Open source software is a known resource among government IT pros, who are continually asked to do more with less, but beyond the flexibility and freedom from licensing fees, those who know how to leverage IT to its fullest are also using the collaboration aspect of open source software to succeed.
Northwest transportation giant Tri-Met, for example, has partnered with Google to provide arrival times to riders via cell phone using an open source software project exhibited at the Government Open Source Conference (GOSCON) in Portland, Ore. this week.
The plan garnered attention from representatives of other states and governments in attendance. The Google connection has generated substantial buzz for the project, said Tri-Met Executive Director for Communication and Technology Carolyn Young, speaking with a GOSCON panel.
“That caused such a ripple, we had calls from all over the world,” she said.
Go Time With Google
Tri-Met’s program provides traveler information to about 300,000 phones per month, according to Young. Google’s Transit system, deployed first in Portland, now provides arrival information in a handful of other cities across the U.S.
Google was among a variety of companies and sponsors represented at GOSCON, including IBM, Novell and Red Hat, that have a strong presence in the open source software community and are now looking to partner with government agencies to provide technology and support solutions.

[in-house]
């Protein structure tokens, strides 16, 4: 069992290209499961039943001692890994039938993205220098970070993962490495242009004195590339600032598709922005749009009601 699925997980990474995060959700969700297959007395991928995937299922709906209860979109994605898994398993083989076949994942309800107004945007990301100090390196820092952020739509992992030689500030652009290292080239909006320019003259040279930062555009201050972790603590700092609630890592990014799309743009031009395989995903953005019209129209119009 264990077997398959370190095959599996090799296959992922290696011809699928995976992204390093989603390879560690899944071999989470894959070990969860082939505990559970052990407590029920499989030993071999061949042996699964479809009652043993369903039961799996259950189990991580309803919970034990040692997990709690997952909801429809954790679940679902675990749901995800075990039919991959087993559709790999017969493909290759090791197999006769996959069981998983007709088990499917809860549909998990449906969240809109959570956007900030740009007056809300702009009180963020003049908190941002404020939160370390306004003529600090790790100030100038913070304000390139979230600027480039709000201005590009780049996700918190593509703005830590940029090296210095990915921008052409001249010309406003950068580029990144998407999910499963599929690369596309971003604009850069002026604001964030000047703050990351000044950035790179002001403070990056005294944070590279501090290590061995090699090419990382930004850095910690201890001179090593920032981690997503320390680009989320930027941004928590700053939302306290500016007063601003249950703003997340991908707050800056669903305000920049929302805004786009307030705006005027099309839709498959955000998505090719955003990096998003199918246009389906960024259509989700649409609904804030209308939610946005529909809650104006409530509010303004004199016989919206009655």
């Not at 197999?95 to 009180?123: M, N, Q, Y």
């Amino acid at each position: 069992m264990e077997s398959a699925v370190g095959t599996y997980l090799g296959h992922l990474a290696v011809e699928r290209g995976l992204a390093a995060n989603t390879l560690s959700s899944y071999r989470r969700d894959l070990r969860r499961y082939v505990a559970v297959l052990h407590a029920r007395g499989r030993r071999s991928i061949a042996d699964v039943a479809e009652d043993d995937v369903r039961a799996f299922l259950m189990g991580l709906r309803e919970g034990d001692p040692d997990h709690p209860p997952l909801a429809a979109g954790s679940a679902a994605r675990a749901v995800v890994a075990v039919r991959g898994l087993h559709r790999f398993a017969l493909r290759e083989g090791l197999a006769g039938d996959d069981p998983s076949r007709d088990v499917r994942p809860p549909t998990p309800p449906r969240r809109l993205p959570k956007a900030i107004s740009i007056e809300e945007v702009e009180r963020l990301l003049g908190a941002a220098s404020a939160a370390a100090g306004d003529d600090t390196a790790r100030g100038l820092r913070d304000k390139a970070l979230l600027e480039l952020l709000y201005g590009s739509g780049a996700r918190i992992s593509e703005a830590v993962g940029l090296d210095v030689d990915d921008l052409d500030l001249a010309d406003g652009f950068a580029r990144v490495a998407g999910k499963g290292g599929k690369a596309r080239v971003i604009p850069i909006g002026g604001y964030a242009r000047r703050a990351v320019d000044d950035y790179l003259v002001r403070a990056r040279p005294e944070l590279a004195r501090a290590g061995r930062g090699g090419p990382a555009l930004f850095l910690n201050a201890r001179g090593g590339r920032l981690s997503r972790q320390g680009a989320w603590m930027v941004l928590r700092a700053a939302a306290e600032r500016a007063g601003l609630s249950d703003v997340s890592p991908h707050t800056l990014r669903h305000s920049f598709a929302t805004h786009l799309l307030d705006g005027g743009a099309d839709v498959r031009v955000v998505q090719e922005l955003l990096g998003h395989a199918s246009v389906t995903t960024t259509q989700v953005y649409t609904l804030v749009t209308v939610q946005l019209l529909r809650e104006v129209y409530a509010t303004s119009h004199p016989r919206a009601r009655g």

For its part, Tri-Met looks to open source and open standards first when it faces an IT problem, Young noted. She contrasted that with an industry that had few options and few vendors before the advent of open source.
Conditions like that “can really hold us hostage,” she said.
With its open source solutions, Young said she was hopeful Tri-Met’s work could serve other government agencies, which could then contribute their own input and improvements in true open source style.
Much of the discussion Friday at GOSCON, the only event in the U.S. that brings together government IT officials on open technology and open source, centered on how to take advantage of the customization and collaboration possible with open source, which is typically open software code and freely distributable.
Government IT representatives also talked about the creation and management of development communities.
California Air Resources Board Chief Information Officer Bill Welty said his agency has seen good, open participation on its open source efforts. There is little patience within the organization for procurement cycles, which are avoided with open source, he remarked.
“With open source, we’re good to go today with design and process,” he said.
Life of Project
During his GOSCON keynote, open source pioneer, Apache Web server co-developer and Collabnet Chief Technology Officer Brian Behlendorf offered wisdom on the creation and continuation of open source projects, as well as participation by governments.
“Projects that start out with a company brand — there’s a challenge in getting other participants to be a part of it,” he advised.
Benefits of open source projects include access not only to program code, but also to the community of developers behind such projects, Behlendorf said. However, open source projects are not effective unless the process is accessible and transparent, he pointed out.
“[This] kind of ad-hoc collaboration can only happen if the conversation takes place in a forum that has this radical inclusiveness,” he said. “There really is an ecosystem.”